Computer-Related Crimes in Federal Programs
FGMSD-76-27: Published: Apr 27, 1976. Publicly Released: Apr 27, 1976.
- Full Report:
Computer systems have added a new dimension for potential crime, and computer-related crimes in federal programs are cause for growing concern.
In its analysis of the existence of computer-related crime in federal programs, GAO found that information on computer-related crimes is difficult to obtain because the crimes frequently are not classified as such by investigative agencies. Most of the crimes have been committed by persons who possess limited technical knowledge of computers; they are usually users of automatic data processing systems rather than programmers, operators, or analysts. Additionally, GAO found that management controls over the systems involved in crime were inadequate. One way for managers to insure that systems are properly controlled is to use internal audit staffs effectively; auditors can identify control weaknesses that may result in criminal activity.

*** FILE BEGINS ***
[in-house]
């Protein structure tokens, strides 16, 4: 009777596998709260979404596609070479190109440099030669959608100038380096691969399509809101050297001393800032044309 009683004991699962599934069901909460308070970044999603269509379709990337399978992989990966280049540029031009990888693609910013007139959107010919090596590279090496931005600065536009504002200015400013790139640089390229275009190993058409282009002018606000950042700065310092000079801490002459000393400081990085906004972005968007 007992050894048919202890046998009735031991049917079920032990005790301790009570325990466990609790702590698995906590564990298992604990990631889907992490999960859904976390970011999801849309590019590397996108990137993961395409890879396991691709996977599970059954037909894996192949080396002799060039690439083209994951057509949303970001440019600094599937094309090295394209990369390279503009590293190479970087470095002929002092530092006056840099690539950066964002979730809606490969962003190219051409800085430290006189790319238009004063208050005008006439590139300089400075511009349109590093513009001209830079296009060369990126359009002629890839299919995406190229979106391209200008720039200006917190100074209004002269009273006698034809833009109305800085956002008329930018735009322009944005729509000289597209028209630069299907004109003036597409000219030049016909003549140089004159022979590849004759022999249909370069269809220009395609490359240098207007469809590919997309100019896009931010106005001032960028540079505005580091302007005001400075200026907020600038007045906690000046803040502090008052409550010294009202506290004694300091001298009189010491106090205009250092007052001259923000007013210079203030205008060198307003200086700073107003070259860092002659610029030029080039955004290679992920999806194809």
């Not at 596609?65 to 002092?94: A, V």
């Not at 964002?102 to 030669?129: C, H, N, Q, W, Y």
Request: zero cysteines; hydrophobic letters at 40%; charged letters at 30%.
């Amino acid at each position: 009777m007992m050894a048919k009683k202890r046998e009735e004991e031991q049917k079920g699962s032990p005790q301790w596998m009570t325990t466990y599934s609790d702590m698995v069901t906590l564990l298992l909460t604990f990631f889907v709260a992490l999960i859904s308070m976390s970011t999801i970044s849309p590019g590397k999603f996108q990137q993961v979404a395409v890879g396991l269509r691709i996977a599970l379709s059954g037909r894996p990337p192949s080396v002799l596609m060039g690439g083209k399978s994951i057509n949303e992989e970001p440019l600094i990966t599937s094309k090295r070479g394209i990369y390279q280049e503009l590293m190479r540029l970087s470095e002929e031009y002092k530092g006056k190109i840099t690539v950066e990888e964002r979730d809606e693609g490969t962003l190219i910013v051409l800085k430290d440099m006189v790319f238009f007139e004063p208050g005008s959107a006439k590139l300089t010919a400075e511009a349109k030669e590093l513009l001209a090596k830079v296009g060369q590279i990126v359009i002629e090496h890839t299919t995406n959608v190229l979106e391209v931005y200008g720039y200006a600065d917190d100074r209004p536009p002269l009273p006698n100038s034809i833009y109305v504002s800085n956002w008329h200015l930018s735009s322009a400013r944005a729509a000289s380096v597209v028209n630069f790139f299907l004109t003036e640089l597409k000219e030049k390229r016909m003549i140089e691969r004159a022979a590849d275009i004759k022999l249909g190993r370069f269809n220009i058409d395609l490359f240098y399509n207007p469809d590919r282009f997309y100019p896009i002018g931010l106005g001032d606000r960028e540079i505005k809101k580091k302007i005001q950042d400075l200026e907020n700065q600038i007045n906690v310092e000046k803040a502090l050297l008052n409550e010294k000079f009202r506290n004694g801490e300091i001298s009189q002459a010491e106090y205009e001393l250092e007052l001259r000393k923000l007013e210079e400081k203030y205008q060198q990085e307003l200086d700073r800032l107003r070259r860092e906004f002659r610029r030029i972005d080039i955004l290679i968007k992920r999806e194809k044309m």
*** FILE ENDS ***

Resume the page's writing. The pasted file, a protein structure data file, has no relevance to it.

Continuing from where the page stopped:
Recommendation for Executive Action
Comments: Please call 202/512-6100 for additional information.
Recommendation: The heads of the Departments of Defense; the Army; the Air Force; the Navy; Agriculture; the Treasury; the Interior; Health, Education, and Welfare; and the Veterans Administration should take steps to insure that systems in their organizations and those supporting programs they fund have: (1) an organizational plan that segregates the duties of individuals to minimize their opportunity for misuse or misappropriation of the entity's resources; (2) a system of authorization and recordkeeping procedures adequate enough to provide effective accounting control over assets, liabilities, revenues, and expenses; (3) an established system of practices to be followed for each duty and function of the organizational element; and (4) an effective system of internal review. This includes an internal audit staff that has training adequate to review and evaluate computer-based system controls and that does such reviews both when systems are being designed and after they have become operational.